Well, last night was interesting, as these things go. My oldest was very stressed and out of sorts all evening. Finally, I took her into the bathroom to ask what was wrong, as we have a small house, and there is little privacy to be found. She said, "Mom, just tell me." Apparently, the other kids had been telling her one thing (no toothfairy), and she was trying to believe her parents, too. I can understand how that would be stressful. She said she had lost a tooth a week ago, put it under her pillow without telling us, and was just waiting for something to happen that would mean we weren't lying to her. Whoops! So I asked her, if she had a chance to give her child a magical moment, wouldn't she do it? Not good enough, says she. She is a literal child, and needs a flat-out answer. I said, Well, I would give my child magical moments, until she was old enough to try to trap me.... that got a giggle out of her, and we had a nice talk about, since the secret was out, she could help with the next time a tooth needed trading for a gold coin (Sacajawea). I said, personally, I suck at remembering all of my magical commitments, and I could use a little help. She was very impressed with the stash of magical coins, and reassured me I'd done an awesome job. I was just grateful she wasn't crying and disillusioned.
I tucked her in, after swearing her to secrecy. She was so happy! I'm trying not to think about how she has been struggling with her friends at school, even though we all go through these things. I also reminded her not to give kids any revelations who don't understand who does the magic at their house. Everyone has their own pace for trying to trick their parents... hehe. Well, she got up about 20 minutes later and said, "Are you the Easter Bunny?" Whoops. Umm.... yeah, but your dad doesn't know, so shhhhh. That got another smile. You know what's coming, don't you?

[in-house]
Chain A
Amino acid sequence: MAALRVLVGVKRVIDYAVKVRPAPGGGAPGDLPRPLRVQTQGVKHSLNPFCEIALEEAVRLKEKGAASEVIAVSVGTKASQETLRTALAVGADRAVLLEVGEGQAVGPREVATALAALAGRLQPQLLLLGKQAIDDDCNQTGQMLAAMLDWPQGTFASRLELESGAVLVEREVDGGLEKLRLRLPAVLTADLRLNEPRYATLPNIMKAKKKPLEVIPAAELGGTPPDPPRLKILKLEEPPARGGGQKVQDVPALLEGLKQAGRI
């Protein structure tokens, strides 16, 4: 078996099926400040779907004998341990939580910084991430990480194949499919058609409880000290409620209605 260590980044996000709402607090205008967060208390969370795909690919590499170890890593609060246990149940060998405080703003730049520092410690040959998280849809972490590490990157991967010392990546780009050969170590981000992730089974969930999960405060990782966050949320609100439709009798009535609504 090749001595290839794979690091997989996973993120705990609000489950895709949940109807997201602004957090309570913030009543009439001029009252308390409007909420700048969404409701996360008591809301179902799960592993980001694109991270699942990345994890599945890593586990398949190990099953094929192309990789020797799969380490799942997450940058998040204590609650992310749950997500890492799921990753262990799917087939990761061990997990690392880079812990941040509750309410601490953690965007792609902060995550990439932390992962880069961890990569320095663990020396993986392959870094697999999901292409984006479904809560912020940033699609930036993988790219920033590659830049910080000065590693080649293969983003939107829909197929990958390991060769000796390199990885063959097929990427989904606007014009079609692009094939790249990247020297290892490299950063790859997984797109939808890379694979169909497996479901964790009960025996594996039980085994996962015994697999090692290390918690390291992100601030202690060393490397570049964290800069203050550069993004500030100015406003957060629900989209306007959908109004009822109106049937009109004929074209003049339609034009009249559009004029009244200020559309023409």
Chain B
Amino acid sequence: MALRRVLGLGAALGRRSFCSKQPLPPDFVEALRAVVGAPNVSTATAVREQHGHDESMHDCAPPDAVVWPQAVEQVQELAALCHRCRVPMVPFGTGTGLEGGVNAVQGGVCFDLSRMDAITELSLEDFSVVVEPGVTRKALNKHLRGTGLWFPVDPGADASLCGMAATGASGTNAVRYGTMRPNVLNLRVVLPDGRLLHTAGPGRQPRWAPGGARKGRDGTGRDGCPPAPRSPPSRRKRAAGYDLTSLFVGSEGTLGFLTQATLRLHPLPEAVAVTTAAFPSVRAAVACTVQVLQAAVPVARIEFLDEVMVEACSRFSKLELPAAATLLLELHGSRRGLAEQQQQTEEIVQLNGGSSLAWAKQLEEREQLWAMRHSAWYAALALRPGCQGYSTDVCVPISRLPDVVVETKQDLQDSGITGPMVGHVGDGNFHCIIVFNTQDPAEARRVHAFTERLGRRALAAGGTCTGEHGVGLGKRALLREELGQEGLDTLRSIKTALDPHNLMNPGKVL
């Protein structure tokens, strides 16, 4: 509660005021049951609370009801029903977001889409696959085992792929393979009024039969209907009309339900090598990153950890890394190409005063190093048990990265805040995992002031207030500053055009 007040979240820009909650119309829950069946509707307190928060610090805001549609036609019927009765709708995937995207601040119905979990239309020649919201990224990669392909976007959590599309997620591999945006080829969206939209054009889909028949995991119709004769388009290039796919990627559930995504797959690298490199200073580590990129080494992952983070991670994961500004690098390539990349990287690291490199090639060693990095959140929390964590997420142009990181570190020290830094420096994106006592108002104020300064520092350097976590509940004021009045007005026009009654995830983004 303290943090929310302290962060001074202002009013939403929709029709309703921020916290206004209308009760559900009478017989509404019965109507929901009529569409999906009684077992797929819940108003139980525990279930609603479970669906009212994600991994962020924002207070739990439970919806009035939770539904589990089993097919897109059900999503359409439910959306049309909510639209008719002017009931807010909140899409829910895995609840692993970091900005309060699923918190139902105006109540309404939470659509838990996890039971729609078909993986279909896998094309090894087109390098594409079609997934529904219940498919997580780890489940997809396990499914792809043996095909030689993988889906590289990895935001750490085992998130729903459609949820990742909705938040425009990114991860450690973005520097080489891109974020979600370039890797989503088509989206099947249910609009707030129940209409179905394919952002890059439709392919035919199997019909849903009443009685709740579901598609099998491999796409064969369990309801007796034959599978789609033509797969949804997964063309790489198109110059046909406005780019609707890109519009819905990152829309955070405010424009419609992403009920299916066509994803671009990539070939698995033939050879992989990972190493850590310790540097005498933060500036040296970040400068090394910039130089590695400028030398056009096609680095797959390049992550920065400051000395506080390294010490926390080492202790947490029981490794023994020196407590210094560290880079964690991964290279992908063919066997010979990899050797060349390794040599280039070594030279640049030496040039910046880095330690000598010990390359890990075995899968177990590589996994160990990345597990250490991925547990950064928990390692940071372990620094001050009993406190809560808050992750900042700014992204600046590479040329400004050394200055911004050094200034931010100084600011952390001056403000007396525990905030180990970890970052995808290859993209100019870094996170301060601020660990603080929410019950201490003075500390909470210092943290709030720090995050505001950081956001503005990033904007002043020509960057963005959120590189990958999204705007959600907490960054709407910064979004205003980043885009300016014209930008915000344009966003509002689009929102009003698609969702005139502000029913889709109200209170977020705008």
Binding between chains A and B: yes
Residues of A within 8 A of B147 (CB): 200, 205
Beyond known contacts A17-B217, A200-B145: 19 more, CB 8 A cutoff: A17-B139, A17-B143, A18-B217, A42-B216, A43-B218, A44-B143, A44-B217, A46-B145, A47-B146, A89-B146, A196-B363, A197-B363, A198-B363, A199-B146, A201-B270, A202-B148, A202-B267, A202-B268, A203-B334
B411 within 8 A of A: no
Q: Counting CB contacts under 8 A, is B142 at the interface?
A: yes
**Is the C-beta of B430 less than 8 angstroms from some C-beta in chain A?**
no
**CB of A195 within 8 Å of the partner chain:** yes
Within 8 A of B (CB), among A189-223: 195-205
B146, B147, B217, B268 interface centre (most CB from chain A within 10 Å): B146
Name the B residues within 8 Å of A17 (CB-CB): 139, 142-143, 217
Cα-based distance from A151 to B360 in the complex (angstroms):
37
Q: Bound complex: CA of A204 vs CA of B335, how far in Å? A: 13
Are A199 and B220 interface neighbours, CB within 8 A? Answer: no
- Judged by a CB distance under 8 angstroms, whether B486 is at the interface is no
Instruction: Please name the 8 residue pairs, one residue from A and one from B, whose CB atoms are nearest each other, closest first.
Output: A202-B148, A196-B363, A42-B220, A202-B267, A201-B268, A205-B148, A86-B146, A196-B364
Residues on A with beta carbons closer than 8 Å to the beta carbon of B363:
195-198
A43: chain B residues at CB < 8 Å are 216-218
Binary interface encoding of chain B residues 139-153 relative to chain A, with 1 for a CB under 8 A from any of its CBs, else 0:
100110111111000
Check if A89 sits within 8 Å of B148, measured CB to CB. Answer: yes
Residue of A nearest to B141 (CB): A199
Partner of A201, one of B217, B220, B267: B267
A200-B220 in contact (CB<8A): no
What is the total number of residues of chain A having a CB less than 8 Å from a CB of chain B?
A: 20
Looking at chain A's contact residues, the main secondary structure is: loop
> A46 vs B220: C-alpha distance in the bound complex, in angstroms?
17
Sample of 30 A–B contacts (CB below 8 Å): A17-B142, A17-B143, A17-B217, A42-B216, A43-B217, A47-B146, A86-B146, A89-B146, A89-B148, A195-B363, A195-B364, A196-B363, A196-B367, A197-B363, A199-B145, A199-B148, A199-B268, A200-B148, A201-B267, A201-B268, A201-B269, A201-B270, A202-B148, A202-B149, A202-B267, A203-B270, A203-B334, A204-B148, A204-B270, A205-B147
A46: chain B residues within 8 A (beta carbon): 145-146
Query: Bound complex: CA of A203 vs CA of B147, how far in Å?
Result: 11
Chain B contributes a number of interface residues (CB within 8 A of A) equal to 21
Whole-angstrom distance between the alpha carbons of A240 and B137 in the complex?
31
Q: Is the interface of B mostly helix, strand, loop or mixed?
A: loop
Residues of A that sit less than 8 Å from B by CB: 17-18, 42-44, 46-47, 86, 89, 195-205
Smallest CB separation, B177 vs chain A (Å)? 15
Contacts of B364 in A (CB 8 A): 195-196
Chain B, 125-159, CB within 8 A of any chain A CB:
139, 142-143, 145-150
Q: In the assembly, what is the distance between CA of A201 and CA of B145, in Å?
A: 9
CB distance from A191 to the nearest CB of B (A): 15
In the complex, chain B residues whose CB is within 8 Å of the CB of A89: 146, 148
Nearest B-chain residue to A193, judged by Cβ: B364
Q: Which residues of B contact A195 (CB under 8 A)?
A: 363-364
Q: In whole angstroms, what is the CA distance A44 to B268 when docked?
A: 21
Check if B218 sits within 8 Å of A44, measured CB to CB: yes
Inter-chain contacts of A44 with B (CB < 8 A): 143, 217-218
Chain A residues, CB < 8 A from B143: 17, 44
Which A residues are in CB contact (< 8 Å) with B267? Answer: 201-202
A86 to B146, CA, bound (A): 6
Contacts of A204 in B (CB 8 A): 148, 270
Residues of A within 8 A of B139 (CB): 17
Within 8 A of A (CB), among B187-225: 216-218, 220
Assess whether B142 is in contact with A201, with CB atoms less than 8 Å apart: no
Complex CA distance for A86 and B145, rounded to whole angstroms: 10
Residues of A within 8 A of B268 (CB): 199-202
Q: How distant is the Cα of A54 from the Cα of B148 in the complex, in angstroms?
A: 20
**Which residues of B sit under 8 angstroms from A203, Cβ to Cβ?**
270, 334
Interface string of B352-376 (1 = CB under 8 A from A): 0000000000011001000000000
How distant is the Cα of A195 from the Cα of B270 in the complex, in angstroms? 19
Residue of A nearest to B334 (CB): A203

This morning, yup, the big question, about St. Nicholas. So I explained that he was real at one time, and parents are simply continuing the magical tradition of a wonderful person. (I'm telling you all this, in case it helps when it's your turn. This all worked very well for me and my daughter) She said, Of all of the things I believed, I believed that one the most. But, really, she wasn't too upset. It helped to make her part of the conspiracy - I mean, magic. My husband also nicely took a moment to explain that all parents try to give their kids these beliefs, and if we hadn't, she would have missed out on a lot of joy her classmates were getting. He was very worried she'd take it personally that we'd, ah, misled her.
I think I handled it all pretty well, and I hope the next one isn't upset when she gets to this age. As I recall, I was around nine, and so was my husband, when we just had to start wondering how those presents and chocolates arrived.
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